October 10, 2011
The signs of Fall are all around us. The bees sense it, too. The drones (male bees) are being evicted from the hives, which is a normal colony practice for winter. I’ve finished feeding heavy sugar syrup, adding to the colony winter stores, following the driest, hottest summer on record here. No honey this year! It was just too hot and dry!
All three colonies appear to be healthy and have been treated with essential oils, both in sugar frosting patty form and fed in sugar syrup. Varroa mite count is more than acceptable and I find no evidence of Small Hive Beetle, was moths nor any disease present. I’m not sure what to expect for a winter, but I believe it may be a harsh one for us. I’m also not familiar with overwintering bees in this part of the country. This is all out experimentation. The couple of beekeepers I do know about around here suffered quite a bit of colony loss over the Summer. I did not, but I was also following different management practices than used here.
The weather is still warm enough for the bees to forage and there is a reasonable number of Fall wildflower sources around the area. I see foragers bring back quite a bit of pollen and nectar, so they are still working well. Now, it’s a matter of patience over the winter and see what Spring will bring. It’s just a time of waiting and counting on the bees to follow their natural instincts. I’ll start feeding sugar syrup and artificial pollen as soon as reasonable in the Spring. I want to give the bees the best possible opportunity to thrive this coming season.
August 30, 2011
Well, the effort to use screened top and bottom boards for mite control, along with Spearmint oil sugar patties and my other organic methods seem to be working! I just checked the hives and they are all doing well, with no sign of Small Hive Beetle infestation or other problems. I put a sticky board under Colony C to check for Varroa Mites. After 24 hours, I removed the sticky board to do a mite count. Anything less than 100 Varroa Mites stuck to the board is considered to be an “acceptable” level of infestation. I had a count of five Varroa Mites! Since bees travel and forage, they contract the mites from contact with other foraging bees, or pick up mites left on nectar and pollen sources by infested bees. As such, you cannot avoid some level of infestation, you can merely attempt to control it.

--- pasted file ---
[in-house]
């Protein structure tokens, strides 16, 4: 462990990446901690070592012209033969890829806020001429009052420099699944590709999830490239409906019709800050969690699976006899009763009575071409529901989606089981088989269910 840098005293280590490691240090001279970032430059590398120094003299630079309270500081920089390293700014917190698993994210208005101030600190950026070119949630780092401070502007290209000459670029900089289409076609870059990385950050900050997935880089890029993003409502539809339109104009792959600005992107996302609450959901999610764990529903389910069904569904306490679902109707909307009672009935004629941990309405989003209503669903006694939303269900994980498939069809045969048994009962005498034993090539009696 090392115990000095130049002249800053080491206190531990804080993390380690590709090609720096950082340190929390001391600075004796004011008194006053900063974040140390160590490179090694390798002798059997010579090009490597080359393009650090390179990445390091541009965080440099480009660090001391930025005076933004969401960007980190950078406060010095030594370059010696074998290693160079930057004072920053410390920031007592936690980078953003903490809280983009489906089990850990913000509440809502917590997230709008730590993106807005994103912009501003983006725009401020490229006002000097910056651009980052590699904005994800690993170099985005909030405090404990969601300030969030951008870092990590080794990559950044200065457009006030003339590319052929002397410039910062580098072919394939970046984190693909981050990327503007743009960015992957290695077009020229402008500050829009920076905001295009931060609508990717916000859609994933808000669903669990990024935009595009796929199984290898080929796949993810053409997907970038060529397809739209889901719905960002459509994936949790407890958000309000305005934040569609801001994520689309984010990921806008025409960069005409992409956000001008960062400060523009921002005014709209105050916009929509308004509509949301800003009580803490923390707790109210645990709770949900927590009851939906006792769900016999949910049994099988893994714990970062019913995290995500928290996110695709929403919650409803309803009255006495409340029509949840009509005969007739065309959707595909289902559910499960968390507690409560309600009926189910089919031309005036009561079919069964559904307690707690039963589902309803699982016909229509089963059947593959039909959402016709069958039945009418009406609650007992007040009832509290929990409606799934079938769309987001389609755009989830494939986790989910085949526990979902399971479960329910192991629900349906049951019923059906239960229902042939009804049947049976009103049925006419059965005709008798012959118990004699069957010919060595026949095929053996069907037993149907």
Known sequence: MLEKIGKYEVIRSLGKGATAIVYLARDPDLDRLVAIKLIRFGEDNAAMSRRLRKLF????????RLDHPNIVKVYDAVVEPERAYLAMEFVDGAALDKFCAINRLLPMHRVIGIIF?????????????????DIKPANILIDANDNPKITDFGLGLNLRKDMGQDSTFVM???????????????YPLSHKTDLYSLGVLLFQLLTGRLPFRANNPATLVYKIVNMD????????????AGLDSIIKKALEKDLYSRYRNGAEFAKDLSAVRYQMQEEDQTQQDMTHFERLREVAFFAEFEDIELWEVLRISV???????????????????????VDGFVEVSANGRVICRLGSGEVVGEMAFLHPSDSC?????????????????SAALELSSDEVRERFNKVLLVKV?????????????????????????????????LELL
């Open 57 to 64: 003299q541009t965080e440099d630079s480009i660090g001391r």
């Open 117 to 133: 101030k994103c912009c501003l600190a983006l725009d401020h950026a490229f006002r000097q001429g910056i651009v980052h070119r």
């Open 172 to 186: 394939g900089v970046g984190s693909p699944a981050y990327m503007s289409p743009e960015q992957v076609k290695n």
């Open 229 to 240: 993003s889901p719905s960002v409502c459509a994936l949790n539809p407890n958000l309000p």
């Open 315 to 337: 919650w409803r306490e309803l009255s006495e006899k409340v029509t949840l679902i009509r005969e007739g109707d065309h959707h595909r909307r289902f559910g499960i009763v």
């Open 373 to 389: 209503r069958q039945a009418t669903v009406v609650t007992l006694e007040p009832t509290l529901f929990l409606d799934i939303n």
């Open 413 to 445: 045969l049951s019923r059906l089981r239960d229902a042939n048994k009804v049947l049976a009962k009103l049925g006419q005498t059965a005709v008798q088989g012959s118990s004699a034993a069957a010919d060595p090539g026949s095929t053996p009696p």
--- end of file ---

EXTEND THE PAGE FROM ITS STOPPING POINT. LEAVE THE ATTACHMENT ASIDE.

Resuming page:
Even after this severe drought and the late start for the bees, I’m considering the summer a success. They are healthy and are being given plenty of sugar syrup for winter food. There is some foraging activity, so I know they are collecting nectar and pollen…all essential to overwintering. Now, I just have to wait for Spring and hope they come through as well as it now appears they will.
August 9, 2011
Well in excess of 30 days with no rain and daily temperatures exceeding 100 degrees. It’s been a difficult season for all forms of agriculture here. Especially stressful for new package bee colonies, such as mine. I have continued to feed sugar syrup throughout the season, since the bees were put into the hives. Likewise, I’ve medicated using essential oils. Colony B, started from the nuc in May is quite strong and healthy. Colonies A and C, started from package bees, continue to hold their own, but are not as strong as I would have expected them to be under normal seasonal conditions. I’ll feed heavy 2:1 sugar syrup to them within the next month, giving them more winter food stores. I’m hoping for a short, mild winter, following this long and miserable Spring and Summer seasons. No excess honey at all this year, but if I can overwinter without losses from pest, disease and Colony Collapse Disorder, I’ll consider my effort to be a success. I have had a “perfect storm” of challenges, starting the bees this year, but as always, I’m going to be optimistic for a better year, next Spring!